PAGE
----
Nowadays, the art of Feng Shui is increasingly being incorporated into work space and office design layouts. The practice is most popular in China, where its beginnings can be traced back over 3000 years. However, it is becoming more popular in westernised workplaces as a way of increasing productivity by maximising the flow of ‘chi’.
It is believed to be a system of laws that govern spatial arrangement and orientation in relation to flow of energy, named ‘chi.’ Some of the easiest ways to include Feng Shui as an integral component of your office’s configuration concerns the reduction of clutter, placement of furniture, cubicle orientation, colour palette in design, and appropriate artwork and imagery.
Interpreting Feng Shui in existing buildings is another way of looking at design. The radical shape of City Hall, in London minimises the surface area exposed to direct sunlight (approximately 25% less than an equivalent rectangular building) and saves energy.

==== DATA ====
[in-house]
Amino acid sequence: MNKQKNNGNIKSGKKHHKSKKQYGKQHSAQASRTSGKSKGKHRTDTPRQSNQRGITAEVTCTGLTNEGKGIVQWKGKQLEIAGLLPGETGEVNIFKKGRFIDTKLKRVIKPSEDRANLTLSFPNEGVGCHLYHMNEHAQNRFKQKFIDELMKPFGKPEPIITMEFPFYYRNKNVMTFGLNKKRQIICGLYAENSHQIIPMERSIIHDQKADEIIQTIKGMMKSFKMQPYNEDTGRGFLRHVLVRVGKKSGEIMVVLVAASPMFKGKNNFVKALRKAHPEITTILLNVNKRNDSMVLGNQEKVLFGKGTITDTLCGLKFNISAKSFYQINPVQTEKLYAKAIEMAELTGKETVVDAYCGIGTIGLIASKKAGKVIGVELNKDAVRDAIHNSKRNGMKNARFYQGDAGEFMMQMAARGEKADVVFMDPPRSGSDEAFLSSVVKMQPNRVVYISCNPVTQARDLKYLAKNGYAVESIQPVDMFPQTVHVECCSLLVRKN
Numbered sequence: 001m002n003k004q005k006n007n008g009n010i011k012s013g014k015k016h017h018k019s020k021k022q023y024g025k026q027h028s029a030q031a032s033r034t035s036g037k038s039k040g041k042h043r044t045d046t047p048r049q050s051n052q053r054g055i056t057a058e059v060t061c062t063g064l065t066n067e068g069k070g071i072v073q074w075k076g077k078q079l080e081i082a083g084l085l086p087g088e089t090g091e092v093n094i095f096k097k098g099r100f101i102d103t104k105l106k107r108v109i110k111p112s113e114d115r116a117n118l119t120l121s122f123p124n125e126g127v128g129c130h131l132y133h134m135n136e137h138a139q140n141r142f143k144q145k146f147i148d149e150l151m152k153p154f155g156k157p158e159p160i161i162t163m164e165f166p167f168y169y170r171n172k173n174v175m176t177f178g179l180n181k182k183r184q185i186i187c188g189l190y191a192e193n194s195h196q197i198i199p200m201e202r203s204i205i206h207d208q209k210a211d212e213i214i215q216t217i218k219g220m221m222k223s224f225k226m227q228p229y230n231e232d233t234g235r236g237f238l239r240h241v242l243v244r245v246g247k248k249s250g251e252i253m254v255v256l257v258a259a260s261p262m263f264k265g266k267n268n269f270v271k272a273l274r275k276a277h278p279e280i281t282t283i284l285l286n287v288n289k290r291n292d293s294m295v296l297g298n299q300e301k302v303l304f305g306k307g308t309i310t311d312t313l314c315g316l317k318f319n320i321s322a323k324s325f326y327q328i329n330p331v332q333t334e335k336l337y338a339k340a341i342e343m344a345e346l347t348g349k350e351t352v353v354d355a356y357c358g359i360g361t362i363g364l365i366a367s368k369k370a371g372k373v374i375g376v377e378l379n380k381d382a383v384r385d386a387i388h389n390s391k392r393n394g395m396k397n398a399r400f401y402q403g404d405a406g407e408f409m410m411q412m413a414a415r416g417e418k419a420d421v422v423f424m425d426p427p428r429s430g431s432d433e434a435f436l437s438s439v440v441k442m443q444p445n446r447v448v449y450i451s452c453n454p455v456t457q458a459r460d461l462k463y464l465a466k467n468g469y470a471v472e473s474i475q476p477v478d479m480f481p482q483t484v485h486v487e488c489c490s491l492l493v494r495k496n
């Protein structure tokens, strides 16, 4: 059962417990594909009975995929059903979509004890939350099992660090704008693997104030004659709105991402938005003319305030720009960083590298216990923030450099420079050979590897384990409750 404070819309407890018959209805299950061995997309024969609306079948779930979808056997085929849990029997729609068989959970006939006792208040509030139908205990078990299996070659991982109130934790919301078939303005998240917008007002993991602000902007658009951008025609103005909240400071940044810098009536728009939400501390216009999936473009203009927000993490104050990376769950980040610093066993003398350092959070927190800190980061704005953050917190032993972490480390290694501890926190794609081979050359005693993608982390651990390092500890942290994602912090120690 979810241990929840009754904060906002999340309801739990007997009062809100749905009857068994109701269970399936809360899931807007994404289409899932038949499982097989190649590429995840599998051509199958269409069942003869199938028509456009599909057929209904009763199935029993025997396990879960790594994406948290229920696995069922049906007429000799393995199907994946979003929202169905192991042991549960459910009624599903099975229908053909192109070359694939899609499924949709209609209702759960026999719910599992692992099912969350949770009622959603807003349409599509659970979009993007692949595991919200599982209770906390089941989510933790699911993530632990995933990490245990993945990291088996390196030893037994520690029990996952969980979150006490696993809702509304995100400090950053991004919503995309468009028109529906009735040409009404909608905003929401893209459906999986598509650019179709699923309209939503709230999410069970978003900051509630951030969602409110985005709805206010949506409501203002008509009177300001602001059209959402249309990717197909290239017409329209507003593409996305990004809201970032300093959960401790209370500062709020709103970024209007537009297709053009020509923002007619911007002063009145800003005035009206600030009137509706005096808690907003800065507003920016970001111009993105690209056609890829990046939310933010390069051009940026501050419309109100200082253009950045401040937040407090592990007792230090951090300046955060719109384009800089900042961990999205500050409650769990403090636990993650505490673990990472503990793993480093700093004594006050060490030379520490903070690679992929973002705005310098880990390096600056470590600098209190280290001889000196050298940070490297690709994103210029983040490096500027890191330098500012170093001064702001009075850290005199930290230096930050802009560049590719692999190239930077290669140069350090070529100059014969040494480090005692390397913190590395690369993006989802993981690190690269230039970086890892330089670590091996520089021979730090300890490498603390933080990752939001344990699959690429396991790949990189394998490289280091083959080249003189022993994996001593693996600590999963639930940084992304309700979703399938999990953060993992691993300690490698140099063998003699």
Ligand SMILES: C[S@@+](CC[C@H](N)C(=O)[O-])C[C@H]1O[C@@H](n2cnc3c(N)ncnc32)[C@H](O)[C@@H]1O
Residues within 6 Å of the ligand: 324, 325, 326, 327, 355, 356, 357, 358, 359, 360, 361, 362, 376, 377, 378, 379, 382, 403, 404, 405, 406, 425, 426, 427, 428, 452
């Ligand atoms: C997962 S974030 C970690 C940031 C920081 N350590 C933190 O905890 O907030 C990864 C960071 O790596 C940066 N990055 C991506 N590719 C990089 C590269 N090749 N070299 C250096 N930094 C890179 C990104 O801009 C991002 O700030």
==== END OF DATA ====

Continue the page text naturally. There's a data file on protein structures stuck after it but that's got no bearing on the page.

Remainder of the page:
During construction work at the Chinese Garden of Friendship in Darling Harbour, feng shui is considered carefully for energy flow.
The use of steel mesh fencing is also one type of material that doesn’t have any impact on the movement of qi.
Feng Shui design elements were also used at The Chaun Spa at The Langham, Melbourne. Many celebrities swear by the practice, including Oprah Winfrey, Madonna, Sting and Donald Trump.